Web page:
ADHD is one of the most commonly diagnosed behavioural disorders in children and young people. It is a complex and contested condition, with potential causes and treatments in the biological, the psychological and the social domains. This is the first comprehensive text for nurses and other health professionals in this field. Nursing Children and Young People with ADHD explores the evidence, incorporating and expanding on the new NICE guidelines for practice in this area, to provide an essential knowledge base for practice. The text covers: causes, diagnosis, comorbidity, user and carer perspectives, assessment, treatment and interventions (including those suitable for use in schools), nurse prescribing and the legal background. Covering topics such as basic descriptions of ADHD, context specific interventions in schools and more detailed information about pharmacology, it is hoped that this book will be of interest to the family of nursing professions and others. Appealing to a wide audience, it will be an invaluable text for pre-registration student nurses on mental health and children branches. This will also be a useful reference work for post-registration nurses and health professionals seeking evidence-based recommendations for practice.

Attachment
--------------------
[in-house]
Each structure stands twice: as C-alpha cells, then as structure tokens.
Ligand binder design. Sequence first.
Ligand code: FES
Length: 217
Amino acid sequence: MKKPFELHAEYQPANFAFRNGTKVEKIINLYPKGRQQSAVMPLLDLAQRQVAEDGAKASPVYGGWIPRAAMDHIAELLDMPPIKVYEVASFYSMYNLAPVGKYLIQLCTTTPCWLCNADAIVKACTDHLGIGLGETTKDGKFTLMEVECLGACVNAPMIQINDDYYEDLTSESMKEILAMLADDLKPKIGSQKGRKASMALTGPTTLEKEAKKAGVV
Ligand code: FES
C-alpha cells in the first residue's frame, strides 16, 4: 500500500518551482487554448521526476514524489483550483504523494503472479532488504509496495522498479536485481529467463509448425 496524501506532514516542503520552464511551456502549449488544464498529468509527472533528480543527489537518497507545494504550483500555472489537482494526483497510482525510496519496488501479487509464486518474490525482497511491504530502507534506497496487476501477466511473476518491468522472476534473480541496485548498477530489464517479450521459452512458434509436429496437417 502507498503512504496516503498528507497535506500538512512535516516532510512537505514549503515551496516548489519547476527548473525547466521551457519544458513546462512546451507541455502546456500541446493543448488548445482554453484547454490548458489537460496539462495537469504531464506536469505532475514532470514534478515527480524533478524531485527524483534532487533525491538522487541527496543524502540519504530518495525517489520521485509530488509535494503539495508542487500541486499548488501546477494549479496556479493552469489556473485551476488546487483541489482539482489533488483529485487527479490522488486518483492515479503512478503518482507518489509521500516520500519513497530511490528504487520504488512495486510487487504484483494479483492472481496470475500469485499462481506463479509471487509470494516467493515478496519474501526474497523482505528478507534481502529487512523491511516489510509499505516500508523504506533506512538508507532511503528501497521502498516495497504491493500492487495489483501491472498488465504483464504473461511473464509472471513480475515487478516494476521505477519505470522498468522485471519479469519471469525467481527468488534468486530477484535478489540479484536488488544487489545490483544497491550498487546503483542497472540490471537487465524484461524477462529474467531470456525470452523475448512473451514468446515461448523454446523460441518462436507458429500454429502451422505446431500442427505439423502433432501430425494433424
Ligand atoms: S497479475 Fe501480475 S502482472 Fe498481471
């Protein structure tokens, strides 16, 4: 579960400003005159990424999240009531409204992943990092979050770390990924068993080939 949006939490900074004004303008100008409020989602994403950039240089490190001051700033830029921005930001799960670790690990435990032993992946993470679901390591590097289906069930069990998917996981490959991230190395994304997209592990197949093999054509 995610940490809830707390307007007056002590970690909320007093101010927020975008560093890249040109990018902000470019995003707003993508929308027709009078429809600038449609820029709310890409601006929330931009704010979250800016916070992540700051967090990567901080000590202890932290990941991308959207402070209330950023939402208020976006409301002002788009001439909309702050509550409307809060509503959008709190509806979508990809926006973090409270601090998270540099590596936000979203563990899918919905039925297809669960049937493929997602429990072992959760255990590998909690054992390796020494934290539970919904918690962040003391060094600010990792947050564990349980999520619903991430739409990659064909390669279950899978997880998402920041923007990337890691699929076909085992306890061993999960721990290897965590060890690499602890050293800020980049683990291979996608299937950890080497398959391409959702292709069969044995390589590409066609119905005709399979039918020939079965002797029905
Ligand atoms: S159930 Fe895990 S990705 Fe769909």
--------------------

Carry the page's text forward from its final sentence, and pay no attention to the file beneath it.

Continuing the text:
Nursing is already making an important contribution to the services for children with ADHD. The last decade has seen a rapid increase in service provision in the UK. In many areas there are now dedicated NHS clinics and different health disciplines are working well together; in most areas there has been better access for children to supervised medication. There are many different local styles of organisation and much remains to be done, but it is good to see how quickly services have advanced. The involvement of nurses has been a highly valued development. ADHD is many things and can be seen in many ways – as this book makes clear – but it is certainly a condition that imposes persistent impairment of function on some children. The model of chronic disability works well, and the nursing disciplines have a grand tradition of helping people to cope with disabilities. Nurses have improved access, provided treatment more effectively and demonstrated a long-term commitment to care.